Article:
Why believing victims of sexual abuse is important

Believing  Sexual Abuse Victims  Promotes Healing 

In a February 19,  2014  article  from the Dallas Morning News, http://www.dallasnews.com/opinion/latest-columns/20140219-dont-revictimize-sexually-abused-children.ece?nclick_check=1, writers Madeline McClure and April Wilson  present an excellent  discussion of  why  child victims of  sexual abuse are often  re-victimized when they disclose their abuse.

From  my own  experience as a  trial lawyer exclusively representing survivors of sexual abuse and sexual  assault  in civil cases for the past twenty years,  I know  it takes exceptional  courage for  victims of sexual abuse to come forward and  tell anyone, let alone civil authorities, about being  or having been abused. Unfortunately, when they do,  victims of sex crimes are often confronted with  public scorn;   “Why did  you  wait so long to come forward?”  “Get over it.” “These cases are nothing more than false allegations.”

No wonder, then, victims of  sexual assault,  especially child victims, are  reluctant to tell.  Perhaps more importantly, they  fear retaliation from their abusers. Or,   if  a  perpetrator is  a family member or another person in a position of trust, such as a coach, teacher,  counselor, or religious figure( priest, youth minister), this fear,  intensified by guilt and shame, can be so be so psychologically overwhelming that childhood sexual abuse may not—perhaps even cannot—  be revealed until well into adulthood.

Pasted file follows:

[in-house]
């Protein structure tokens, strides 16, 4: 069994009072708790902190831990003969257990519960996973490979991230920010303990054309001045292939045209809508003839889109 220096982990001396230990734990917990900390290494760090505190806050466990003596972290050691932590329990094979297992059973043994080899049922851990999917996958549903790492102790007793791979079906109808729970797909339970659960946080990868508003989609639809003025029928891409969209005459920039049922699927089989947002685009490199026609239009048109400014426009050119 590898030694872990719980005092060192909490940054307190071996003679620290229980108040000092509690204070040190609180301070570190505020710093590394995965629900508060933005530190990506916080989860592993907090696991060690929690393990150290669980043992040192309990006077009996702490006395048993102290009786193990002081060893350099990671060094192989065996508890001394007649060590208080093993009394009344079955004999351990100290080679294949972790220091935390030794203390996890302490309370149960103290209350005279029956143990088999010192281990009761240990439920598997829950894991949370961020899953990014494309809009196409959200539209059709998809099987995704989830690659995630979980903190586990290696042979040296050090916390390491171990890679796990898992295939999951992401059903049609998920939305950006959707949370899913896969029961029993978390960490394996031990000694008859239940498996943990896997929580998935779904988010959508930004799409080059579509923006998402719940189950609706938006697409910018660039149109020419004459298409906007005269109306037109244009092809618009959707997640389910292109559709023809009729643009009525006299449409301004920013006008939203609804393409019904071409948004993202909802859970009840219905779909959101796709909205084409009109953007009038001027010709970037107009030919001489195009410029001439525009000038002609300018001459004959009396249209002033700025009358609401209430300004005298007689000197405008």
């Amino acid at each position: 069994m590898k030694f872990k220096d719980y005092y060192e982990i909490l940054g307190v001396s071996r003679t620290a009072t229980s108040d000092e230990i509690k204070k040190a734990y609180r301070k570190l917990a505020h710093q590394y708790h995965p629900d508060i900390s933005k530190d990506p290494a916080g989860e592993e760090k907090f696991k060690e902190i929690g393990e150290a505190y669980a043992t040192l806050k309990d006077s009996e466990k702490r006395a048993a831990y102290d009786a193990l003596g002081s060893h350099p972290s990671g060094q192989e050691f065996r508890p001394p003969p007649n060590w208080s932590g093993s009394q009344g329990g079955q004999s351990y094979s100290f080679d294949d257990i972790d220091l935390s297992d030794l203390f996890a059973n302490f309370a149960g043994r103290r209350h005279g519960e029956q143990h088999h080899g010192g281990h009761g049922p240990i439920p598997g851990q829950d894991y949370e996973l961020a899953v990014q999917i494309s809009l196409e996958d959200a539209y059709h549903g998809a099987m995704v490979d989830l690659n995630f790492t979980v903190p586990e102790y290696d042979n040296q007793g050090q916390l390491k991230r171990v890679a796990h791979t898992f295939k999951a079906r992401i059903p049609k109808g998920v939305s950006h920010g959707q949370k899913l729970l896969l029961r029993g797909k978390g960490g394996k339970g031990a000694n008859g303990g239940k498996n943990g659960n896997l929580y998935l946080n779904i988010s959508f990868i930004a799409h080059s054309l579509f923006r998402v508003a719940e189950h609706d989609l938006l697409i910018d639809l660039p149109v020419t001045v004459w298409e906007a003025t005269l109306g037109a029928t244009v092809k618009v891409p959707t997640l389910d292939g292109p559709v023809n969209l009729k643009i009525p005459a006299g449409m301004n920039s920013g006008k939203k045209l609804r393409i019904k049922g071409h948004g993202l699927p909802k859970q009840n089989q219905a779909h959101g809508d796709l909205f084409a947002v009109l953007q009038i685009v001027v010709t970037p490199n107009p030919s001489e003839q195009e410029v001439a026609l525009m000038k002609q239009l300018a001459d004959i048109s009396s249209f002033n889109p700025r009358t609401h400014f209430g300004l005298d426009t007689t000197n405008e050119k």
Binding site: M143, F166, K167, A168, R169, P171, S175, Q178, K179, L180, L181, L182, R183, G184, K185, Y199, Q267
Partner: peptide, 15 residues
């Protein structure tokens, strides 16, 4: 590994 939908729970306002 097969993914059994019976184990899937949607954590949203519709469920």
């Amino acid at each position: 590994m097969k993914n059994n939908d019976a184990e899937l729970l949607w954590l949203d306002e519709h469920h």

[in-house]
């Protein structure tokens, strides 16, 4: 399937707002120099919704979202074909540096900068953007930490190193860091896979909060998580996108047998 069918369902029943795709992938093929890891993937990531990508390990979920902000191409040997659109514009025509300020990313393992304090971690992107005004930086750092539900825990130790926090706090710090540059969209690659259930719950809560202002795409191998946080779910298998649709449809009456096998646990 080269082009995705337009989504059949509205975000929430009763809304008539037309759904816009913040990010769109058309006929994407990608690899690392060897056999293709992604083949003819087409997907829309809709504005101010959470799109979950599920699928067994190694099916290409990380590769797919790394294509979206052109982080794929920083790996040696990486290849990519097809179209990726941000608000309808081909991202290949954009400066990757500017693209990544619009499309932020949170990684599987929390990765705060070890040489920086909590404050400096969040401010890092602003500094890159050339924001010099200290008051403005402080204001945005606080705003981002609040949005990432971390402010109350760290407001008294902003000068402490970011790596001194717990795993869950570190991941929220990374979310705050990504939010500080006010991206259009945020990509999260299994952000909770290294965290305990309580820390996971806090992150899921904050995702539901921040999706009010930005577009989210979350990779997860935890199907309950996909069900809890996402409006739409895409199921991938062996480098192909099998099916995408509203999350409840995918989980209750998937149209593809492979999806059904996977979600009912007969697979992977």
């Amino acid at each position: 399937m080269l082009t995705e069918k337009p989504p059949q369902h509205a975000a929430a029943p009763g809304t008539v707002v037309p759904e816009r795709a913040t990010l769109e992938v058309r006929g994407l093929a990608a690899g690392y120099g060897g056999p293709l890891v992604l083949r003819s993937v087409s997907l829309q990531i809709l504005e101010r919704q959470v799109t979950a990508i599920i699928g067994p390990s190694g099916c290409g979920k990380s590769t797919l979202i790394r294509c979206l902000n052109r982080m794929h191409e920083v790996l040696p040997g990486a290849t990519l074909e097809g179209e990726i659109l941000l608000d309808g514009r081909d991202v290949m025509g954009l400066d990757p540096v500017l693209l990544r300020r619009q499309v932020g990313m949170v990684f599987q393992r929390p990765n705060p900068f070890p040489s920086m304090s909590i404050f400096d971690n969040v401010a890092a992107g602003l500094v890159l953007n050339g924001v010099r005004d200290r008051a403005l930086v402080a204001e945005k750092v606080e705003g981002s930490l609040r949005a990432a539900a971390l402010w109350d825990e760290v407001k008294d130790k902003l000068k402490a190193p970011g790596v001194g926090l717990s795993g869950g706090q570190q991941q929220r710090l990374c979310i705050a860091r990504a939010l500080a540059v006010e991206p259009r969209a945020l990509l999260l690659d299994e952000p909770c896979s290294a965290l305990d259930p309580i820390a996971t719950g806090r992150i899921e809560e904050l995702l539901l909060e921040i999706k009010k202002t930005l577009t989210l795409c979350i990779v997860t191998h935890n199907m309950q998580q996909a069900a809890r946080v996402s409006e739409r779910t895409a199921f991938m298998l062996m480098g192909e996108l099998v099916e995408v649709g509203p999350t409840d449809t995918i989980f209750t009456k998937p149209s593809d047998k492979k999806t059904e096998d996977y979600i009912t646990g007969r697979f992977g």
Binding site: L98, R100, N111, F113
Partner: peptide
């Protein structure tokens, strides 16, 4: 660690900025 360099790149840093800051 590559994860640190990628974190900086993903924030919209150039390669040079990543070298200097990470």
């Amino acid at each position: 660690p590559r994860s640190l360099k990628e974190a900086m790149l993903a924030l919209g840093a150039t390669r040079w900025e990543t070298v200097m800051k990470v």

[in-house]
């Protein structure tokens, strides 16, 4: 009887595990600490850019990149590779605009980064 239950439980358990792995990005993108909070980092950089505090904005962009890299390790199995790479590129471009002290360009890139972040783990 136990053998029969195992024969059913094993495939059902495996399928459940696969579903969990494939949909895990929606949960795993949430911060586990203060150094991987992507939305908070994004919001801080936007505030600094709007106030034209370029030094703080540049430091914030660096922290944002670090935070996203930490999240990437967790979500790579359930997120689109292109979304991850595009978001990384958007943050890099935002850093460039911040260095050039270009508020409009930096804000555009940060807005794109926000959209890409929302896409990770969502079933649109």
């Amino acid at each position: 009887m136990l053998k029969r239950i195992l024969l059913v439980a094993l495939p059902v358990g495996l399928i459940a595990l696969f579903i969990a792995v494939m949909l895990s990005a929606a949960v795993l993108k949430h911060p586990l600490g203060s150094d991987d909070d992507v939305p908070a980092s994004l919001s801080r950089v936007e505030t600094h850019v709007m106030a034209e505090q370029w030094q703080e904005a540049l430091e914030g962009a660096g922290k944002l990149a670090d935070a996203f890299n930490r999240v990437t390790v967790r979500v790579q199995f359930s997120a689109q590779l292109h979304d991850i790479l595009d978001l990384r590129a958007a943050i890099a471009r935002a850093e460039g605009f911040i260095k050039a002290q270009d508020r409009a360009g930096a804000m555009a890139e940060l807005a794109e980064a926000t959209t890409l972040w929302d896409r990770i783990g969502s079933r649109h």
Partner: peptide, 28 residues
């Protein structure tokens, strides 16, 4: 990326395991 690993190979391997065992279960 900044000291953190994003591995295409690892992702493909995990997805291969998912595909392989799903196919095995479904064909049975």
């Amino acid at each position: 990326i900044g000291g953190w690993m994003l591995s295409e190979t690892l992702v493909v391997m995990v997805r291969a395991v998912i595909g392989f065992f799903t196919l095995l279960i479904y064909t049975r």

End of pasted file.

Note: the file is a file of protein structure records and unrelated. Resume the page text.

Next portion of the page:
When adults  accuse a  child of  lying about sexual abuse, the victim   is “re-victimized”.  The initial abuse is woefully compounded.   For example, in many of the clergy sexual  abuse cases I have handled,  if a child has told  a parent: “Father X touched me…” ,  the devout parent’s  response is oftentime: “Don’t  you lie about wonderful Father X.”  “You will go to Hell.”  This threat was sometimes  driven home  by a slap across the face or a thorough beating.

Child abuse is epidemic  in this country. As the writers discuss, in 2012 alone ,  child welfare agencies reported  over 62,000 children were sexually  abused in the United States.  Research indicates that 30-40 percent of girls and 13 percent of boys were sexually violated in childhood.  Further,  90 percent or more of all claims of sexual abuse have been   confirmed true.

We  must acknowledge  this stark reality and come to comprehend  the truly life-altering damages that victims suffer. Whether victims outcries are timely or delayed,  we  must  empower them  to disclose these  life-altering criminal acts  and assure them  not to  fear  retaliation and re-victimization.

 

 

 

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